Among many other consequences, Stockton’s financial problems might harm our understanding of the region’s long-term weather and climate trends.
Officially, the city’s weather statistics are pulled from a station at the Stockton Metropolitan Airport, on the south side of town. But records have been kept there only since 1948.
On the other hand, records have been kept at the city’s fire station No. 4 since 1906. That’s a much longer period of time, giving us a better idea of what’s really going on in Stockton.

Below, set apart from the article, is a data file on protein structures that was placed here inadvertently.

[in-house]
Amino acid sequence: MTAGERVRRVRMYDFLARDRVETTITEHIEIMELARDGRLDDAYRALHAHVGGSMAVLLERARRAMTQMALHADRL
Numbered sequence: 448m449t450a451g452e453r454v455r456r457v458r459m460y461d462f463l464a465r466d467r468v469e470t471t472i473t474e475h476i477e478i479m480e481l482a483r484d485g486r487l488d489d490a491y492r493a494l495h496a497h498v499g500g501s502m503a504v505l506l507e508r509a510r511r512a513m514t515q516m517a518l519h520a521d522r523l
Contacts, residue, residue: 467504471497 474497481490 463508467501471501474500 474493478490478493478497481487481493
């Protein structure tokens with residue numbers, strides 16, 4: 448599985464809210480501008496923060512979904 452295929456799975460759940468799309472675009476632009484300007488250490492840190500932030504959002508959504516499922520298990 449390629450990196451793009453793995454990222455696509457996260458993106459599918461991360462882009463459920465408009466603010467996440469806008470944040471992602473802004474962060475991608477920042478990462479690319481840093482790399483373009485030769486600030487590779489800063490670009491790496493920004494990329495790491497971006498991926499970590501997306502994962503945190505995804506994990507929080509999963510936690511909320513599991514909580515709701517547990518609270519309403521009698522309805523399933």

Unfortunately, according to the National Weather Service, fire station No. 4 is not reporting the weather conditions as often as it used to because of a reduction in the number of staff. And if too many days are missed, the data as a whole simply becomes unreliable.
“We have to go with airport data instead,” Weather Service forecaster George Cline said.
So yes, 2013 was the driest year on record at the airport, but that goes back only six and one-half decades.
Was 2013 the driest year on record at the fire station? If we were able to answer the question we would be able to place the current dry spell in the most accurate historic context possible. Instead, we’ll never know.